Michael Morton sits beside his mother, Patricia Morton, during an emotional press conference in October 2011 after a judge agreed to release him on personal bond after he spent nearly 25 years in prison for the murder of his wife. Recently tested DNA indicates another man committed the 1986 killing.

A Texas Issue, but Not a National One

The Texas Court of Criminal Appeals took some heat off of Gov. Rick Perry when it issued a stay of execution for Hank Skinner this week. And the governor has avoided any link to another case involving two of his appointees and a botched murder prosecution in Williamson County.

TribWeek: In Case You Missed It

The latest UT/TT Poll on the 2012 race and other issues, Root on Herman Cain's stumble, Ramshaw and Titus on Texas Republicans who don't support Perry, Murphy maps presidential fundraising in Texas, Philpott on changing the constitution for parks and education, Hamilton on a case of higher ed separation anxiety, Grissom on the state's breakup with a death penalty witness, Galbraith on a congressman's search for a big leak, Aguilar on the Border Patrol's effort to operate in environmentally protected areas and Aaronson on a dramatic drop in government employment in Texas: The best of our best content from October 31 to November 4, 2011.

Inside Intelligence: On the Issues

The insiders answered questions from the University of Texas/Texas Tribune Poll for the second week in a row, this time on the death penalty, education, top issues facing Texas, and whether the people they know would vote for a Mormon candidate with whom they agree on issues.

Hank Skinner was sentenced to death for the 1993 triple slaying of his girlfriend and her two sons.
Hank Skinner was sentenced to death for the 1993 triple slaying of his girlfriend and her two sons.

Skinner Lawyer: DNA Decision Likely Up to State Court

Following a hearing today in federal court in Amarillo, a lawyer for death row inmate Hank Skinner said it will likely be up to the state courts to decide a fight over DNA testing in his case. Skinner is scheduled to be executed Nov. 9.

Michael Morton sits beside his mother, Patricia Morton, during an emotional press conference after a judge agreed to release him on personal bond after he spent nearly 25 years in prison for the murder of his wife.
Michael Morton sits beside his mother, Patricia Morton, during an emotional press conference after a judge agreed to release him on personal bond after he spent nearly 25 years in prison for the murder of his wife.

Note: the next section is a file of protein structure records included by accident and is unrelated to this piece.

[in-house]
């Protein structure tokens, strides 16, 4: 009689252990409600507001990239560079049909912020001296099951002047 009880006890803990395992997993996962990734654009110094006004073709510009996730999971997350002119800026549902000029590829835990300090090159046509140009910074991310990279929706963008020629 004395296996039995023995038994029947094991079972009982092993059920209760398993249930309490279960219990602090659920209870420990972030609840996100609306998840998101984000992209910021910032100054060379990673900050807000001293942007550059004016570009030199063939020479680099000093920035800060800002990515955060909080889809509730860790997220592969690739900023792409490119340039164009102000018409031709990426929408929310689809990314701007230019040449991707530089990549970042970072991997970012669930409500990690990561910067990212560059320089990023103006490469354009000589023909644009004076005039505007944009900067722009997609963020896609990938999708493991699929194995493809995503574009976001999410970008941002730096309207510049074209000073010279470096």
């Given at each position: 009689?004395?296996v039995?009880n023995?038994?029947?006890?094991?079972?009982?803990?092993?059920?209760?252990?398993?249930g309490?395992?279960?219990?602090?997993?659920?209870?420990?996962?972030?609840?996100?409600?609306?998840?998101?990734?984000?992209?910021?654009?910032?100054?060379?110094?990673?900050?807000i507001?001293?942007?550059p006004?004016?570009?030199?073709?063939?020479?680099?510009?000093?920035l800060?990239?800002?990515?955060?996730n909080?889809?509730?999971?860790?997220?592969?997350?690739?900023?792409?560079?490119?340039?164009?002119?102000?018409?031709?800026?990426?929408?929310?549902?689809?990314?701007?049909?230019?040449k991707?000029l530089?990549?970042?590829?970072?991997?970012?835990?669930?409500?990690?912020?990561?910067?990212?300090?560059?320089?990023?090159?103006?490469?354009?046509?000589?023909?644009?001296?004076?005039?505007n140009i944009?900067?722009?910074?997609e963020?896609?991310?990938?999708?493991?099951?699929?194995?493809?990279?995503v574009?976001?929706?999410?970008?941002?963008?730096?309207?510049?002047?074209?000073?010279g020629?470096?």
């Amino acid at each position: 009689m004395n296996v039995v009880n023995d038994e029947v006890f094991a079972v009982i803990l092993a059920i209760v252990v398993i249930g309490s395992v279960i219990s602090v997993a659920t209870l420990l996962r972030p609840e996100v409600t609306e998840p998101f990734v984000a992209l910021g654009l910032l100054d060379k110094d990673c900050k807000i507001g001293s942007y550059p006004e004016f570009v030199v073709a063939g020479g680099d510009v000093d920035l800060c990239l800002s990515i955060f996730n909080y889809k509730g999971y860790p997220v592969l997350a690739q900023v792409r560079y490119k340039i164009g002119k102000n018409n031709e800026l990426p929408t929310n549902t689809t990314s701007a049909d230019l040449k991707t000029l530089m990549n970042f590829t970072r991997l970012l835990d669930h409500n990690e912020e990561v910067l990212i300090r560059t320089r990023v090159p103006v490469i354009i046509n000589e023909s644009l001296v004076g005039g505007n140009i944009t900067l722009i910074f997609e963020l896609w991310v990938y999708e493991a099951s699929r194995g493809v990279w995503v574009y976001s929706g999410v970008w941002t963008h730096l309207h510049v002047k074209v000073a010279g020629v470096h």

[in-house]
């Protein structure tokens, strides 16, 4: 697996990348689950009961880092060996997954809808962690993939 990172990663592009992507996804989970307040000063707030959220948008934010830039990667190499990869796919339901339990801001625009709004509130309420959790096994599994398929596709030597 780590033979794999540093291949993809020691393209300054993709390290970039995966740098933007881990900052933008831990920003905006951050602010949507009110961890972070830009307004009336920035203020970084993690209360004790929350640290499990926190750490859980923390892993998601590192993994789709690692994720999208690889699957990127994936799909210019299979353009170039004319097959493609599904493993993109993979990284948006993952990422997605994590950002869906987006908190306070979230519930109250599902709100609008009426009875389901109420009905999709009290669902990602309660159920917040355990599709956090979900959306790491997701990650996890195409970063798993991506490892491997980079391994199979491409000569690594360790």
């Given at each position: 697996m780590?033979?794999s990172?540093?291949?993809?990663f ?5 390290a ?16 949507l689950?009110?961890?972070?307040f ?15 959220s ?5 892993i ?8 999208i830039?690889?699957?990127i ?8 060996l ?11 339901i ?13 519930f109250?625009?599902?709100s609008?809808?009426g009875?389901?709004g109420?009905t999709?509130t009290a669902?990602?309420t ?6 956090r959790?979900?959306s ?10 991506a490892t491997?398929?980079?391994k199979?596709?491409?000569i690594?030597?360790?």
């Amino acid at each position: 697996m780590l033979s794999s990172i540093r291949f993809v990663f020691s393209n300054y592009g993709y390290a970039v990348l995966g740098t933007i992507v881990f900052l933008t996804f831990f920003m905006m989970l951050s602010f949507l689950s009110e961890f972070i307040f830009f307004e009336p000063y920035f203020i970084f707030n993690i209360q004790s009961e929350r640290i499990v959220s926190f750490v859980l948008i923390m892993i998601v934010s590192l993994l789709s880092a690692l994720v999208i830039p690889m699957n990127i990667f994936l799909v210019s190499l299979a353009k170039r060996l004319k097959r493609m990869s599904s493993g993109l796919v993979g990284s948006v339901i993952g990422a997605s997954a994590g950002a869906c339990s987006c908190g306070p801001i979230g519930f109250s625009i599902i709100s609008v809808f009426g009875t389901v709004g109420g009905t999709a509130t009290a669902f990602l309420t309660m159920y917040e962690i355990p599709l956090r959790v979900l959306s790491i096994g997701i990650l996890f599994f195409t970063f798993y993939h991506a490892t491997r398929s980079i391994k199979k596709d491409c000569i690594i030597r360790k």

Experts Say Morton Case Shows Justice System Still Needs Reform

In the wake of Michael Morton's release from prison last week based on DNA testing that shows someone else killed his wife 25 years ago, defense lawyers are calling for reforms to ensure prosecutors must turn over exculpatory evidence.

Debra Jan Baker, Michael Morton (center), Williamson County District Attorney John Bradley
Debra Jan Baker, Michael Morton (center), Williamson County District Attorney John Bradley

Updated: Morton Wins Release From Prison After 25 Years

Michael Morton, who served 25 years in prison for the murder of his wife Christine, now will be released after DNA evidence linked another man to the crime and to another murder 16 months later.

TribWeek: In Case You Missed It

Aaronson on the rise in the state's unemployment rate, Aguilar on the push to mandate use of an electronic employment verification program, Galbraith on fears about the drought's impact on lake levels, Grissom on the latest in the Duane Buck case, Hamilton on the possible end of physics (academically speaking), Murphy updates our public employee pay app, Ramsey on David "Mitt" Dewhurst, Ramshaw on Rick Perry's campaign swing through Virginia and Iowa, Root on the deletion of gubernatorial emails and M. Smith on the teaching of safe sex where you'd least expect it: The best of our best content from Sept. 12-16, 2011.